Document Detail


Evolution of rheological properties of erythrocytes and left ventricular geometry in cardiovascular disease risk patients.
MedLine Citation:
PMID:  20675895     Owner:  NLM     Status:  MEDLINE    
Abstract/OtherAbstract:
The evolution of rheological properties of erythrocytes and geometrical parameters of left ventricle during therapies aimed at reducing cardiovascular disease (CVD) risk has been investigated. The study group consisted of 29 individuals who were diagnosed with the presence of at least one CVD risk factor at the time of entry to the study. Appropriate therapies were applied and the patients were followed for two years. Two groups of patients could be distinguished. The first group consisted of 12 individuals who were rigorously applying the therapy and for whom blood pressure, total cholesterol, LDL and glucose returned to normal levels. The second group included 17 patients for whom the above mentioned parameters remained pathological in spite of the applied therapy. In the first group, erythrocyte deformability as well as LVMI improved: deformability increased on average by 17% (p < 0.025), whereas LVMI decreased by 8% but not in a statistically significant manner (p < 0.27). In the second group, the results indicate worsening of both hemorheological properties and left ventricular geometry: RBC deformability became lower by 15% (p < 0.00001) and LVMI increased by 18% although this change was not statistically significant (p < 0.19). The results indicate that blood rheology improves when the CVD risk is reduced by administered therapy and worsens when the risk increases. Similar behavior shows LVMI. It is very likely that left ventricular geometry is influenced by blood rheology.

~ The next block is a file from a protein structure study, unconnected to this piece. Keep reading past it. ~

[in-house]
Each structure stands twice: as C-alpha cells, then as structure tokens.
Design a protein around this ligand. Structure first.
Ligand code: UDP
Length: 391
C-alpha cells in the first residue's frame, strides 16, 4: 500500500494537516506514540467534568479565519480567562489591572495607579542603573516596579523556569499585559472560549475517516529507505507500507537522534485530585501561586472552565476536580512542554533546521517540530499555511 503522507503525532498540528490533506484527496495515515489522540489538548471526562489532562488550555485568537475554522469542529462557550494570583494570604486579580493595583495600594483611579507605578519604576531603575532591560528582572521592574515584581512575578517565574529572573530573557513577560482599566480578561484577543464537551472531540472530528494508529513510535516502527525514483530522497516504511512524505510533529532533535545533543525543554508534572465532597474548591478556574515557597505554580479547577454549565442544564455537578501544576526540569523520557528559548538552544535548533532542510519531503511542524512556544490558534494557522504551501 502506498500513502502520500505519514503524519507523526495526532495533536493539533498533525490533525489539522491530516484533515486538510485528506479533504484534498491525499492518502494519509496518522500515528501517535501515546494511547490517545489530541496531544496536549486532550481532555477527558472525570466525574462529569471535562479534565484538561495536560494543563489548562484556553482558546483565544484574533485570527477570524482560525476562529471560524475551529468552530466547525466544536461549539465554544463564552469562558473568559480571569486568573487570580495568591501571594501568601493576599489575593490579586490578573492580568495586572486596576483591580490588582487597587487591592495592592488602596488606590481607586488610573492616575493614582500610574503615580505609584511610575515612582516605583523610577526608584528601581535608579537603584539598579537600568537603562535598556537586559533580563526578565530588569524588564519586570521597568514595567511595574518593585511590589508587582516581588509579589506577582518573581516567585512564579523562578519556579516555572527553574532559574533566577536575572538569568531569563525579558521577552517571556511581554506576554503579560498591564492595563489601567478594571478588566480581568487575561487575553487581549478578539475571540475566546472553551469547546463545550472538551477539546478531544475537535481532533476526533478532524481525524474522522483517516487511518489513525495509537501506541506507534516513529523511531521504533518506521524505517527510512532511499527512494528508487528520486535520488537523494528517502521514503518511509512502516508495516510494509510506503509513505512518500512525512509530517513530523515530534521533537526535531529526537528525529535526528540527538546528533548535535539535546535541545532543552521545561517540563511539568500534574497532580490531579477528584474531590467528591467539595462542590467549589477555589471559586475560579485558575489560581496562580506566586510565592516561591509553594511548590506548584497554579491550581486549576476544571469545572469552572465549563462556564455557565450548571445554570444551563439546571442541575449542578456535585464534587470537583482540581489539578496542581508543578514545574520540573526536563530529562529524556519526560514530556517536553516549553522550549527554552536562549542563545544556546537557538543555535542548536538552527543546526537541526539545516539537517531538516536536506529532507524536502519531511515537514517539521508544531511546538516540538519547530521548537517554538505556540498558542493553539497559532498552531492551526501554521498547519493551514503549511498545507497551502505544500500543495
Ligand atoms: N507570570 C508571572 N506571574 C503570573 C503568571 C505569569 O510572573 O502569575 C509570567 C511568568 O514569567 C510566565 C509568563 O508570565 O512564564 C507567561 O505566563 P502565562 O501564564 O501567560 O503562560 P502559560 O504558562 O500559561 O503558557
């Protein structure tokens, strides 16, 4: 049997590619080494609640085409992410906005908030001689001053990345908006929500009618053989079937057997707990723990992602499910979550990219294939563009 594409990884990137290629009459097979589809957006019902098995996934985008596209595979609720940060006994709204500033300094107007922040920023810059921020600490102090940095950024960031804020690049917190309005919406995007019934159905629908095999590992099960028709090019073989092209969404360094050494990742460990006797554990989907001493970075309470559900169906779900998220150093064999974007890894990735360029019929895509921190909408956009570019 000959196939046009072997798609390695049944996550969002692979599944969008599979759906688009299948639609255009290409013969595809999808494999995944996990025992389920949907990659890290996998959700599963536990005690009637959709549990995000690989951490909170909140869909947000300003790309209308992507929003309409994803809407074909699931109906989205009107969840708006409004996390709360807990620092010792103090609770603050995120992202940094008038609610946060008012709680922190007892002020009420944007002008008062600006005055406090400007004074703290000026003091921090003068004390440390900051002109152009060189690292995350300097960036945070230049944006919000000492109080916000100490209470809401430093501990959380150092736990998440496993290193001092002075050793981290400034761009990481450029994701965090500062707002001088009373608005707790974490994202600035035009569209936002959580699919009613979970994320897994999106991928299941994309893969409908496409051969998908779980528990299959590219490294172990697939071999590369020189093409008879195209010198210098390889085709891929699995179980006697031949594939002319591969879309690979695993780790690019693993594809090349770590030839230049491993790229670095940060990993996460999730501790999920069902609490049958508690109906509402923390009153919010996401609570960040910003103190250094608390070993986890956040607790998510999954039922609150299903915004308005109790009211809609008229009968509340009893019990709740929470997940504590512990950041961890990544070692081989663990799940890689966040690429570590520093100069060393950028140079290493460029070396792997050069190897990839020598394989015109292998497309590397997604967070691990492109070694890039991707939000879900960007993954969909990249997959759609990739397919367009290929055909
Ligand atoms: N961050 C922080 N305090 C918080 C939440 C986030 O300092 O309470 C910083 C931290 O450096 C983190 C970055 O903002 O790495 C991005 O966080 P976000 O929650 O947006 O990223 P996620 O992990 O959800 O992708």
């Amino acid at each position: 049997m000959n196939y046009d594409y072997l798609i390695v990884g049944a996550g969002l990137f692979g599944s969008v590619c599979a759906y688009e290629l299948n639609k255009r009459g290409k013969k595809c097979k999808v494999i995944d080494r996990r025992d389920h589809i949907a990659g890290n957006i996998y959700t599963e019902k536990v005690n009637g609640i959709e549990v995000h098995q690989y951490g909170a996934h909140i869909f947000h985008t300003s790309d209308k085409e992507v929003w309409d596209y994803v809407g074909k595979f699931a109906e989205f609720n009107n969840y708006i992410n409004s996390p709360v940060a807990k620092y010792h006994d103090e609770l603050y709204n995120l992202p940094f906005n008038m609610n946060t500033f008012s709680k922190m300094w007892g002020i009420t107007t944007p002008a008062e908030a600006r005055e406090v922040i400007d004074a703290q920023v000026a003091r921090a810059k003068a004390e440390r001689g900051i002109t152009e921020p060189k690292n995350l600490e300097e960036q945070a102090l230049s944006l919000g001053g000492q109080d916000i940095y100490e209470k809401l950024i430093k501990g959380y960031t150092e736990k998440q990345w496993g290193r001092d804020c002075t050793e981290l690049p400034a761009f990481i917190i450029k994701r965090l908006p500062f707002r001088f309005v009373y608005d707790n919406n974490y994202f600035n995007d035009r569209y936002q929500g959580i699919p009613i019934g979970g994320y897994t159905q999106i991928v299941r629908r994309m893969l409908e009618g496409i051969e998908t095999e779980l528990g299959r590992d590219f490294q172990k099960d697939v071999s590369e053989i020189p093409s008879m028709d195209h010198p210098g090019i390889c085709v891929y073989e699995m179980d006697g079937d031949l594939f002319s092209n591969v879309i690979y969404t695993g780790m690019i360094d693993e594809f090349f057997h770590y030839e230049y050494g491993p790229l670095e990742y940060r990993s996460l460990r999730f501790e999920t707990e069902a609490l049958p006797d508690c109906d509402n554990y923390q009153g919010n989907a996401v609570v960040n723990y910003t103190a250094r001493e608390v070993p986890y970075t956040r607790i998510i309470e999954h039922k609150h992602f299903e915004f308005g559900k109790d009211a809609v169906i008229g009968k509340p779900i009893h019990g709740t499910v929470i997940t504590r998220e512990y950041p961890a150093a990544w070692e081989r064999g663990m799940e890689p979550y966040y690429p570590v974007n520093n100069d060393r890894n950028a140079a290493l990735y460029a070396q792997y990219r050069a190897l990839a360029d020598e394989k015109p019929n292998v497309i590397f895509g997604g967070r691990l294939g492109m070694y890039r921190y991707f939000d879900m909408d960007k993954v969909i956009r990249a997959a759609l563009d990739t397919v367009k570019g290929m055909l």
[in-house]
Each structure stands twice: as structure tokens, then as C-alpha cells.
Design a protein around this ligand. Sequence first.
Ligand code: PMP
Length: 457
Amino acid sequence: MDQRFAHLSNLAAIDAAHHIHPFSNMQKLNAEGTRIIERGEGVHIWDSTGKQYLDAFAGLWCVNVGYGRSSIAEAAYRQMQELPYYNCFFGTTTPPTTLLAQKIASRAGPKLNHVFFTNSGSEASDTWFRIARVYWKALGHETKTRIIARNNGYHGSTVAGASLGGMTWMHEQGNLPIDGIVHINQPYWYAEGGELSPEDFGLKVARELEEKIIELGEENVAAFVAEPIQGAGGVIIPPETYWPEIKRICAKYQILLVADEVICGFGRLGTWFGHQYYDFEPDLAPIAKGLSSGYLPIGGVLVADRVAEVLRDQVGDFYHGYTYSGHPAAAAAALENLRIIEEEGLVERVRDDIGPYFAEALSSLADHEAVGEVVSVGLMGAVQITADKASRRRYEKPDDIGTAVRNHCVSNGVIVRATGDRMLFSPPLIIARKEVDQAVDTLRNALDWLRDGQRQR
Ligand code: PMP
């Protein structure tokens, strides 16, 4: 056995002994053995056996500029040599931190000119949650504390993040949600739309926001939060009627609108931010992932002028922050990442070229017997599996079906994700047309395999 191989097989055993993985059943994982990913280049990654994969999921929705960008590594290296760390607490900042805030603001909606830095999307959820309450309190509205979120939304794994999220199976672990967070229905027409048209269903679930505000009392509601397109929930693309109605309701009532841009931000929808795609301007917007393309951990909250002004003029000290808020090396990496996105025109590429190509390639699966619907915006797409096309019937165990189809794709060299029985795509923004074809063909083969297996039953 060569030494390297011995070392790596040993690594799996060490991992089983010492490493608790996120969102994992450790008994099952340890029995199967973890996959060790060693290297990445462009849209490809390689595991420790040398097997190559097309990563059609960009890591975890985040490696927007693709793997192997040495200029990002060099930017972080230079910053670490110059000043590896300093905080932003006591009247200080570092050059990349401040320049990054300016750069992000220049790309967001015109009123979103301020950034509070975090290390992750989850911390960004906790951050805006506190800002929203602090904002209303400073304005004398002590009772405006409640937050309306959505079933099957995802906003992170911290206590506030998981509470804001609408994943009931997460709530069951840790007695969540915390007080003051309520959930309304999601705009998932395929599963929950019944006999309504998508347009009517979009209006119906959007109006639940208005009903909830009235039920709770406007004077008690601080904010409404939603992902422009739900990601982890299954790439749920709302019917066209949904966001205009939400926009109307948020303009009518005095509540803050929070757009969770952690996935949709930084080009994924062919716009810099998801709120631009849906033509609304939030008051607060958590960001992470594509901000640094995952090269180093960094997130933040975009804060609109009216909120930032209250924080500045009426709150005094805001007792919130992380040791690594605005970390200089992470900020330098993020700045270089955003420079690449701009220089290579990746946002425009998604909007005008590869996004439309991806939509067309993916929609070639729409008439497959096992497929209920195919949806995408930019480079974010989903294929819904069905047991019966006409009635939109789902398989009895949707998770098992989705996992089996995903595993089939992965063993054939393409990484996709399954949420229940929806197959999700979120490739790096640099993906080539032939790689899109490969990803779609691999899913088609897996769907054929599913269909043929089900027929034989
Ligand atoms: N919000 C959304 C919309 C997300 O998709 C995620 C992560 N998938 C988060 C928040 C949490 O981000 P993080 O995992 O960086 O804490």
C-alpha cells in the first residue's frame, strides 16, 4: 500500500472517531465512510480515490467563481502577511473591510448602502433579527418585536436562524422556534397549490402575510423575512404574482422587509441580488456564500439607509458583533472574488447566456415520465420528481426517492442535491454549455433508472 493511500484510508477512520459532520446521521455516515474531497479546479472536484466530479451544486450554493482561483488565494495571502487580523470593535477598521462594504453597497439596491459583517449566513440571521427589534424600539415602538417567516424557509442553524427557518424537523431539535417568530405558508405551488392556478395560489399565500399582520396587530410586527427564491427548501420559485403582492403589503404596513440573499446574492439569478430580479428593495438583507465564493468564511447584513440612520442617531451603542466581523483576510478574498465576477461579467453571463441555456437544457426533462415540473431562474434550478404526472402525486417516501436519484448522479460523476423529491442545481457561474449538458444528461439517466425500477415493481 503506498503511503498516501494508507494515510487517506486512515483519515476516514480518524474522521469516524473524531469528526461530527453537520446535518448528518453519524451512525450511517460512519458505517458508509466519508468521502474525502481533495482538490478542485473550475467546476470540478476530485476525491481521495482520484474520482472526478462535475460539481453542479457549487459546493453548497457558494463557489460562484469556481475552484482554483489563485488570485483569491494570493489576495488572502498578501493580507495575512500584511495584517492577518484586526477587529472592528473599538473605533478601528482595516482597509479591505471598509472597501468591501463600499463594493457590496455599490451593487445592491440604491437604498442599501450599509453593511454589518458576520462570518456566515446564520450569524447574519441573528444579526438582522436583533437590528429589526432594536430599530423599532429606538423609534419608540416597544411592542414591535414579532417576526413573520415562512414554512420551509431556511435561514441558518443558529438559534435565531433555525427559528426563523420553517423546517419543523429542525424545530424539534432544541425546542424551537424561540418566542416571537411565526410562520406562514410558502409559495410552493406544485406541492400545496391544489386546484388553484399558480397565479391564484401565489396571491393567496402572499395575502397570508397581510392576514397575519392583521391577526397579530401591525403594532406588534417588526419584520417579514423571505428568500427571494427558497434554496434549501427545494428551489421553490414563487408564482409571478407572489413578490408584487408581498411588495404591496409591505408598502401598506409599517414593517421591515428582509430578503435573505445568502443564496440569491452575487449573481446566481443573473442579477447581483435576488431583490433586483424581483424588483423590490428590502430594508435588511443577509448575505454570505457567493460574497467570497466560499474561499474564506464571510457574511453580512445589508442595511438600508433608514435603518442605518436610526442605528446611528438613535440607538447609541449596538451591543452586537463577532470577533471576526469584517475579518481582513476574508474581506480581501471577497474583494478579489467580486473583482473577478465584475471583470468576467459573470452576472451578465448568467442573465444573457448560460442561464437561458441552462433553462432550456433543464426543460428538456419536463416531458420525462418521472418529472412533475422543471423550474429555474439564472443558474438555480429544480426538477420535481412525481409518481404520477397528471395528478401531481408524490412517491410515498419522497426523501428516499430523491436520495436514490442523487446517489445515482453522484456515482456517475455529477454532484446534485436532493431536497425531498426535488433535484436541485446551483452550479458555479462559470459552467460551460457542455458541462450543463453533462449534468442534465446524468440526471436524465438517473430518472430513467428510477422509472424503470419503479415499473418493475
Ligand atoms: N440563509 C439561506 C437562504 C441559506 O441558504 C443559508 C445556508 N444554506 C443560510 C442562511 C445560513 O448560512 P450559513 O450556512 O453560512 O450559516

Authors:
M Fornal; R A Korbut; J Królczyk; T Grodzicki
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Publication Detail:
Type:  Journal Article; Research Support, Non-U.S. Gov't    
Journal Detail:
Title:  Clinical hemorheology and microcirculation     Volume:  45     ISSN:  1875-8622     ISO Abbreviation:  Clin. Hemorheol. Microcirc.     Publication Date:  2010  
Date Detail:
Created Date:  2010-08-02     Completed Date:  2010-12-21     Revised Date:  -    
Medline Journal Info:
Nlm Unique ID:  9709206     Medline TA:  Clin Hemorheol Microcirc     Country:  Netherlands    
Other Details:
Languages:  eng     Pagination:  155-9     Citation Subset:  IM    
Affiliation:
Department of Internal Medicine and Gerontology, Collegium Medicum, Jagiellonian University, Krakow, Poland. Fornal@su.krakow.pl
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MeSH Terms
Descriptor/Qualifier:
Cardiovascular Diseases / etiology
Erythrocyte Deformability
Erythrocytes / physiology*
Follow-Up Studies
Hemorheology*
Humans
Hypertrophy, Left Ventricular / therapy*
Middle Aged
Risk

From MEDLINE®/PubMed®, a database of the U.S. National Library of Medicine


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